Shutting the migrant smuggling route from Libya to Europe is "within our reach", EU chief Donald Tusk said Thursday, arguing that doing so would be in both sides' interest.
Flanked by Libya's UN-backed leader Fayez al-Sarraj in Brussels, Tusk said he would propose extra "concrete and operational measures" to curb migrant flows when European Union leaders meet in Malta on Friday.
Tusk said the EU "proved" it could shut the eastern Mediterranean route with its deal last March with Turkey that has slashed the numbers of asylum seekers landing in Greece, previously the main entry point to Europe.
"Now it is time to close down the route from Libya to Italy," Tusk told reporters, adding he discussed the issue on Wednesday with Italian Prime Minister Paolo Gentiloni.
"I can assure you it is within our reach," the former Polish prime minister said. "What we need is the full determination to do that."
He said the EU summit in Valletta, which he will co-host as European Council president, will discuss boosting cooperation with Libya.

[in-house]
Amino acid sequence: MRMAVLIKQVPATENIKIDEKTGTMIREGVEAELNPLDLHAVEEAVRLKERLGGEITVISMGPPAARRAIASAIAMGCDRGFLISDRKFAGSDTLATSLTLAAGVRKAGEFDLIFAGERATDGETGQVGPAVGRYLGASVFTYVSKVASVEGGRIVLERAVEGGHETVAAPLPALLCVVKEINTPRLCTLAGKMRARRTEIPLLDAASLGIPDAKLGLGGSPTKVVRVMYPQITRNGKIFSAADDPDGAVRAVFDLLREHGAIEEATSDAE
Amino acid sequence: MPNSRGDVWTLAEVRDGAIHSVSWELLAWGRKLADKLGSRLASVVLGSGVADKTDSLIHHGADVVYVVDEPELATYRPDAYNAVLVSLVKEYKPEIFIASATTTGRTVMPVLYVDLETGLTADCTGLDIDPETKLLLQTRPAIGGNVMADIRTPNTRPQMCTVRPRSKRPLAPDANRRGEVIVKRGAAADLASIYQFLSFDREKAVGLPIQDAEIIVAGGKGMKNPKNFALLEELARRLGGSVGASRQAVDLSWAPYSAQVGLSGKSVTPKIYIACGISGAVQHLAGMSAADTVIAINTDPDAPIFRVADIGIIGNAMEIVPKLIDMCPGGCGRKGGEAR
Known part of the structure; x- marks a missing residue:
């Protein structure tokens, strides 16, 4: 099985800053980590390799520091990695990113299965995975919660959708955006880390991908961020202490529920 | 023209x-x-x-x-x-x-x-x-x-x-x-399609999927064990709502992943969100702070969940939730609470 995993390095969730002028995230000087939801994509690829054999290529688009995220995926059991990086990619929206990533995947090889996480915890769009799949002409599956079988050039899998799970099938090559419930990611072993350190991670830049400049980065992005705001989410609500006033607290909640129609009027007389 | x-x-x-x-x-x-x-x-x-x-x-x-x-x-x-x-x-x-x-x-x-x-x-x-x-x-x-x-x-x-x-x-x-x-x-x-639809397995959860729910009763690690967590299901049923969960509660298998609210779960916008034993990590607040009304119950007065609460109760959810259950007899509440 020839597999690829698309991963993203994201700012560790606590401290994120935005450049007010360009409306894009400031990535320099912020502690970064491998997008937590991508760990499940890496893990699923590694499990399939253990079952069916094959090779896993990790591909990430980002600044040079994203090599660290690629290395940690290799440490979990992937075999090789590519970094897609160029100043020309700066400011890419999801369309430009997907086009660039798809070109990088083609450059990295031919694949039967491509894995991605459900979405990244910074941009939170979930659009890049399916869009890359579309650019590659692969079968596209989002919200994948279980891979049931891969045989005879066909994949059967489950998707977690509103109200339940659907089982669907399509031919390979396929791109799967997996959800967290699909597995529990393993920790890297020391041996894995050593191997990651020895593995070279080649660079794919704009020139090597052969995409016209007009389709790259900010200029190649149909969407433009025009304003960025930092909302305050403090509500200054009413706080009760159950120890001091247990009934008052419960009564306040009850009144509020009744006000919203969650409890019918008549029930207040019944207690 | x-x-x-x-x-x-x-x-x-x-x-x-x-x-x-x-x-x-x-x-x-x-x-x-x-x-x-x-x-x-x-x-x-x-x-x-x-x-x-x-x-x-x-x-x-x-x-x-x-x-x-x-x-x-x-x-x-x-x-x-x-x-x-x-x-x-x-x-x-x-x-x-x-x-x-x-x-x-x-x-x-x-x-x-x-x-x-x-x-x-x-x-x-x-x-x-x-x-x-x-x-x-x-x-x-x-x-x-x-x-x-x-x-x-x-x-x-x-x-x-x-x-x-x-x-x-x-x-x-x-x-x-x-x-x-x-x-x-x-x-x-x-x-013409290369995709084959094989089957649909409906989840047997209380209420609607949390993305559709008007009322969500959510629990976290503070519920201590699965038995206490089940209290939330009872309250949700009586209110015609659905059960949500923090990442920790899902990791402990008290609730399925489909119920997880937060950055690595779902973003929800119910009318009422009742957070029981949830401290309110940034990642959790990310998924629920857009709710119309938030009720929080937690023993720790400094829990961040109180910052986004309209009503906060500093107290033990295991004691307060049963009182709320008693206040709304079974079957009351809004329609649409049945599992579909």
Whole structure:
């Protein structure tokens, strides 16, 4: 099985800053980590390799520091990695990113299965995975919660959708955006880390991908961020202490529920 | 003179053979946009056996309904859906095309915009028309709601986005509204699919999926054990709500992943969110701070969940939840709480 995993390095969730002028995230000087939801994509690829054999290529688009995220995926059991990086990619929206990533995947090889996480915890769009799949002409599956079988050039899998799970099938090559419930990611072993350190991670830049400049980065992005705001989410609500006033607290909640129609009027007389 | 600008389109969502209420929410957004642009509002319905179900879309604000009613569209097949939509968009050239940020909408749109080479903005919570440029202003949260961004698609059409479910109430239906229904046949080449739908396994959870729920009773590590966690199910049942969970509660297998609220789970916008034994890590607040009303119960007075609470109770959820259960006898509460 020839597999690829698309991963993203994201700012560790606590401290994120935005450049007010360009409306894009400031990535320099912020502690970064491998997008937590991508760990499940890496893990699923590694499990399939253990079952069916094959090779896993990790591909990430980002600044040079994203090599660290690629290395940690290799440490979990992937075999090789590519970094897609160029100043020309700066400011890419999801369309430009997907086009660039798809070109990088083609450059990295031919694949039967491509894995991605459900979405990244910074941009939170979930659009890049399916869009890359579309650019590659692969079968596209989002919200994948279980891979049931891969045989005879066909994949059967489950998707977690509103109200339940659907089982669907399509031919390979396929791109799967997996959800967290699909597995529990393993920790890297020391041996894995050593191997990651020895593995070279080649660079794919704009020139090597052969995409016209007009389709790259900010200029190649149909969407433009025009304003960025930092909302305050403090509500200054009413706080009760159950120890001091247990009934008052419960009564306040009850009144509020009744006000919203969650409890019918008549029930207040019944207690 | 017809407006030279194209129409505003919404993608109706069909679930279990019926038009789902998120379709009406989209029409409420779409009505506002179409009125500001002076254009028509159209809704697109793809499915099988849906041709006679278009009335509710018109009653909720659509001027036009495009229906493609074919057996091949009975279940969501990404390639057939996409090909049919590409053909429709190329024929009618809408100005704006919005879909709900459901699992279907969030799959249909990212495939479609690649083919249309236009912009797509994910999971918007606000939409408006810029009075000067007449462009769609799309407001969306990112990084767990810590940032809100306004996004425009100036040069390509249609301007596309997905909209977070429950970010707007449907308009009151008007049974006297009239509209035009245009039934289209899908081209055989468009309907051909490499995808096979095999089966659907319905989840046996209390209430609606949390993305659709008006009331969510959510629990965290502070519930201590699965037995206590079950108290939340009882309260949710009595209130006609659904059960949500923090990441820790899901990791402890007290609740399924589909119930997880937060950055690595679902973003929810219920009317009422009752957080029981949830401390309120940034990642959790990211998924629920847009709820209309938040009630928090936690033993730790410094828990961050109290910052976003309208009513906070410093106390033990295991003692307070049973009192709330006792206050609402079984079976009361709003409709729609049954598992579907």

"We have a shared interest and determination to reduce the number of irregular migrants risking their lives crossing the central Mediterranean," he said.
"This is not sustainable ... as the smugglers let people drown and undermine the authority of the Libyan state for their own profit," he added.
Though far fewer than the hundreds of thousands who had arrived in Greece before the deal with Turkey, a record 180,000 migrants landed in Italy last year while some 4,500 died on that central route.
Unlike the asylum seekers arriving in Greece from war-torn Syria and other conflict zones, most of those leaving Libya are sub-Saharan Africans deemed illegal economic migrants who face voluntary or involuntary expulsion.
The EU has begun training and equipping Libya's coastguard to crack down on the smugglers and its leaders are expected Friday to examine a proposal to release new funds for the training programme as well as for UN agencies that can help the Libyans look after the migrants.
"We hope that EU mechanisms to help Libya will be more practical," Sarraj said, adding the funds so far come to "very small amounts".
Sarraj's government is locked in a power struggle with a rival administration in eastern Libya as it seeks to end years of lawlessness following the 2011 overthrow of Moamer Kadhafi.